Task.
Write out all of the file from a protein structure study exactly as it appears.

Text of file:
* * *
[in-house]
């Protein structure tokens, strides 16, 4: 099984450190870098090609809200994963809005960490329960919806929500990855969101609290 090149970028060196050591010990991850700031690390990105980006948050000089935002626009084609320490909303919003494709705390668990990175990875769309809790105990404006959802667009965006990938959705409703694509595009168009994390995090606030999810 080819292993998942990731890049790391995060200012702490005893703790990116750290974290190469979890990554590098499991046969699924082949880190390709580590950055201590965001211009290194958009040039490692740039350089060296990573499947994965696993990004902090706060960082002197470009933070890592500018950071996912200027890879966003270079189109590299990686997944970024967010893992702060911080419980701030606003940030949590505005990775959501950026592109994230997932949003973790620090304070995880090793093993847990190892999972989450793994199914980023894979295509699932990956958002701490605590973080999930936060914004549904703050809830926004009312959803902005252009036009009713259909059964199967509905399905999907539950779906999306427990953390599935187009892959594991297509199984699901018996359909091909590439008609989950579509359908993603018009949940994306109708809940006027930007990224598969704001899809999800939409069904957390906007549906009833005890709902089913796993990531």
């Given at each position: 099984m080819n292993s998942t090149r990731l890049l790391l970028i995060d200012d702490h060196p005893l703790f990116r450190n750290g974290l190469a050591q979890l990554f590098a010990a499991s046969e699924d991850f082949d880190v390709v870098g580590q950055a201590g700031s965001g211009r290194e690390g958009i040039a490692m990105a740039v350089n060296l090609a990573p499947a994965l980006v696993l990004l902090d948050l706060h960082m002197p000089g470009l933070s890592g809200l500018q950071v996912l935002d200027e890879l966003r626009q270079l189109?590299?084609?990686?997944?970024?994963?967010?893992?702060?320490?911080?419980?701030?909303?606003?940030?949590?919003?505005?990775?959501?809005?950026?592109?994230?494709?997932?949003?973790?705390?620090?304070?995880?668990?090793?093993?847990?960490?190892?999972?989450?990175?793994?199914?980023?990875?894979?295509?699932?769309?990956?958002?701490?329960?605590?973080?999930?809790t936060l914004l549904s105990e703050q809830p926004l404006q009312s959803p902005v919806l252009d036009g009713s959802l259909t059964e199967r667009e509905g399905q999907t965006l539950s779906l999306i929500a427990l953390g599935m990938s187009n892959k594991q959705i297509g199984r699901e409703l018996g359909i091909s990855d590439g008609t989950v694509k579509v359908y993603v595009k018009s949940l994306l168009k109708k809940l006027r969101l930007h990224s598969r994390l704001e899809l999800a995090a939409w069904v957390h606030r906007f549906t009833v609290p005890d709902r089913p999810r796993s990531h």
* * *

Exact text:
[in-house]
């Protein structure tokens, strides 16, 4: 099984450190870098090609809200994963809005960490329960919806929500990855969101609290 090149970028060196050591010990991850700031690390990105980006948050000089935002626009084609320490909303919003494709705390668990990175990875769309809790105990404006959802667009965006990938959705409703694509595009168009994390995090606030999810 080819292993998942990731890049790391995060200012702490005893703790990116750290974290190469979890990554590098499991046969699924082949880190390709580590950055201590965001211009290194958009040039490692740039350089060296990573499947994965696993990004902090706060960082002197470009933070890592500018950071996912200027890879966003270079189109590299990686997944970024967010893992702060911080419980701030606003940030949590505005990775959501950026592109994230997932949003973790620090304070995880090793093993847990190892999972989450793994199914980023894979295509699932990956958002701490605590973080999930936060914004549904703050809830926004009312959803902005252009036009009713259909059964199967509905399905999907539950779906999306427990953390599935187009892959594991297509199984699901018996359909091909590439008609989950579509359908993603018009949940994306109708809940006027930007990224598969704001899809999800939409069904957390906007549906009833005890709902089913796993990531």
């Given at each position: 099984m080819n292993s998942t090149r990731l890049l790391l970028i995060d200012d702490h060196p005893l703790f990116r450190n750290g974290l190469a050591q979890l990554f590098a010990a499991s046969e699924d991850f082949d880190v390709v870098g580590q950055a201590g700031s965001g211009r290194e690390g958009i040039a490692m990105a740039v350089n060296l090609a990573p499947a994965l980006v696993l990004l902090d948050l706060h960082m002197p000089g470009l933070s890592g809200l500018q950071v996912l935002d200027e890879l966003r626009q270079l189109?590299?084609?990686?997944?970024?994963?967010?893992?702060?320490?911080?419980?701030?909303?606003?940030?949590?919003?505005?990775?959501?809005?950026?592109?994230?494709?997932?949003?973790?705390?620090?304070?995880?668990?090793?093993?847990?960490?190892?999972?989450?990175?793994?199914?980023?990875?894979?295509?699932?769309?990956?958002?701490?329960?605590?973080?999930?809790t936060l914004l549904s105990e703050q809830p926004l404006q009312s959803p902005v919806l252009d036009g009713s959802l259909t059964e199967r667009e509905g399905q999907t965006l539950s779906l999306i929500a427990l953390g599935m990938s187009n892959k594991q959705i297509g199984r699901e409703l018996g359909i091909s990855d590439g008609t989950v694509k579509v359908y993603v595009k018009s949940l994306l168009k109708k809940l006027r969101l930007h990224s598969r994390l704001e899809l999800a995090a939409w069904v957390h606030r906007f549906t009833v609290p005890d709902r089913p999810r796993s990531h």